"Resumption of Russian grain exports will stabilize market"

Resumption of Russian grain exports will stabilize market
Russia will resume exporting grain worldwide on July 1, according to Prime Minister Vladimir Putin. A ban on grain exports was imposed on August 15, 2010 after widespread wildfires devastated Russia.

"From July 1 this year, we will remove the embargo on grain exports," Putin announced at a meeting with his first deputy, Viktor Zubkov, on Saturday.

The government was forced to halt the export of wheat, barley, rye, corn and flour due to an abnormal drought, which saw grain yield decrease 37 percent from 2009 figures, which amounted to 60.9 million tons.

According to Zubkov, the government’s actions were intended to fully satisfy domestic need for grain and to keep grain prices within an acceptable price range for both farmers and consumers.

The embargo was originally scheduled to be lifted on December 31, 2010, but was extended to June 30, 2011.

Experts in the field say the ban has led to a huge grain surplus in southern Russia, which reduced the economic attractiveness of grain production and may lead to a decline in the next harvest.

The experts are mainly positive about the government’s decision, saying that Russian grain is now sought by the world market and may lead to an overall decline in grain prices.

Andrey Danilenko, chairman of the Russian Ministry of Agriculture’s Public Council, says that world market prices will remain stable because the volume of grain that Russia has available to export is not overwhelmingly large.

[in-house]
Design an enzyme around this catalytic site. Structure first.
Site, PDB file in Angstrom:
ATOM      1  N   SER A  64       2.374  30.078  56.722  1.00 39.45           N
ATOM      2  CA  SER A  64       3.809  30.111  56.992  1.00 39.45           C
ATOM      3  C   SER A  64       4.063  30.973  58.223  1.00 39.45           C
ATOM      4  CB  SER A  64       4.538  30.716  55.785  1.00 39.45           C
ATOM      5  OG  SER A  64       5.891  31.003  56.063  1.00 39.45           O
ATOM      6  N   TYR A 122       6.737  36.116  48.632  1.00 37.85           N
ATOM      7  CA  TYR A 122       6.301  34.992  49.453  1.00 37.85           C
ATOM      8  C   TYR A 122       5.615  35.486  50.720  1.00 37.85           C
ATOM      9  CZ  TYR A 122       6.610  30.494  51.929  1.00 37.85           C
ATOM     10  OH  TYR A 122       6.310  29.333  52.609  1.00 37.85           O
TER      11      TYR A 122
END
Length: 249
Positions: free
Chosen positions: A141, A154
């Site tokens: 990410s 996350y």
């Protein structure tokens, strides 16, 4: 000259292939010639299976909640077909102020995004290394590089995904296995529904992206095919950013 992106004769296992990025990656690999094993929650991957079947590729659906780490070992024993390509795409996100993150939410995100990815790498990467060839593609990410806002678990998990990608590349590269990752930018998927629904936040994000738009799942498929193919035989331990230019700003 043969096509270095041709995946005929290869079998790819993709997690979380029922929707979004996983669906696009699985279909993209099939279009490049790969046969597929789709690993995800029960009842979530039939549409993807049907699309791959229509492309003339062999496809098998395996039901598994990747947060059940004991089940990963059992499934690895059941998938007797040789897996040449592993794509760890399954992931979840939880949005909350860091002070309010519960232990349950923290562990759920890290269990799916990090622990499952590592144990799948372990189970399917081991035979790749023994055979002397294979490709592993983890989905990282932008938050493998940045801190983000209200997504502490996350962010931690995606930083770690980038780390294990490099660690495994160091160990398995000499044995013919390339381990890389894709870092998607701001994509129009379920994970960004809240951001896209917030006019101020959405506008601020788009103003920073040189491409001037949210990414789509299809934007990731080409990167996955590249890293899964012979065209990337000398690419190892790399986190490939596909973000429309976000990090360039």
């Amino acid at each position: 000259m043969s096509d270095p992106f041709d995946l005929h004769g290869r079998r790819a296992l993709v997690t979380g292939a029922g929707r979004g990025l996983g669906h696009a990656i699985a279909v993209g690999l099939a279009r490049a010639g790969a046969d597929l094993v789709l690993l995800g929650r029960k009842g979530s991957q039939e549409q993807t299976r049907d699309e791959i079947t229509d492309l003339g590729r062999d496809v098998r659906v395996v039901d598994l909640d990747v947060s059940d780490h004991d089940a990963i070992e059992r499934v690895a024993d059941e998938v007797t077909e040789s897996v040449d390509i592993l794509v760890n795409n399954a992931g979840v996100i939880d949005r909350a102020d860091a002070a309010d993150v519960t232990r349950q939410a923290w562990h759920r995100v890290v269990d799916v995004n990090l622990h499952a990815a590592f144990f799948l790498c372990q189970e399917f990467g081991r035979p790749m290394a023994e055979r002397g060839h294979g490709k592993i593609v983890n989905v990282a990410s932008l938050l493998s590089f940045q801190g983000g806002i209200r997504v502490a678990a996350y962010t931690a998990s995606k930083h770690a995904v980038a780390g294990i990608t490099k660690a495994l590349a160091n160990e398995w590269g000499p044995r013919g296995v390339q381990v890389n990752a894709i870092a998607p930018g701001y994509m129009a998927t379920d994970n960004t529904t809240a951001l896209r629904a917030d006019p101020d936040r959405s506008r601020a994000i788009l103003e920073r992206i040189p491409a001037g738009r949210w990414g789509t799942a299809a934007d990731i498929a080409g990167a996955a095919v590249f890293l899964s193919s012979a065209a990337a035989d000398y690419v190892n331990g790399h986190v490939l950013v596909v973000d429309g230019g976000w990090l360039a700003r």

“It should not have a significant effect on the world grain market, but it will definitely support more stability and less growth of prices on the grain market because obviously the increasing prices of oil today have also affected the grain prices,” he said.

“The most significant influence on the world grain prices today is the prices of oil,” Danilenko told RT. “Obviously once we come closer to the harvest period this fall – when we will have a clearer understanding of the volume [of grain] that Russia, the US and Latin America have – then we will have a better idea of what will happen to prices…. But so far, the planting of seeds has gone very well, the climate so far looks very stable, and the projections are that Russia will have a significantly larger volume of grain this year than last year.”

According to Arkady Zlochevsky, president of the Russian Grain Union, removing the ban on July 1 will help remove Russia’s surplus of grain, particularly in the south of the country.

"Now the exporters will start to buy grain, and its price will stop falling, which is very beneficial to Russian agricultural producers," Zlochevsky was quoted as saying by the Interfax news agency .

The president of the Russian Grain Union also noted that the traditional buyers of grain –Middle East and North African countries, in particular Egypt – have not lost interest in Russian grain.

The general director of the Institute for Agricultural Market Studies, Dmitry Rylko, predicted that Russia would export 3-4 million tons of grain in the first month following the lifting of the ban.

According to Rylko, an expected decrease in European exports of grain, among other factors, led to high worldwide market prices, and “buyers believe that with the release of Russian grain, they’ll stabilize or even decline."

He also noted that Ukrainian grain has been already been put on the market.

"In competition with Ukraine and other world suppliers, the prices will go down," Rylko said.

Most experts agree that a substantial increase in Russian exports should not be expected immediately after the ban is lifted, as some countries have already excluded Russia from their list of suppliers, but that an increase ought to be registered in August.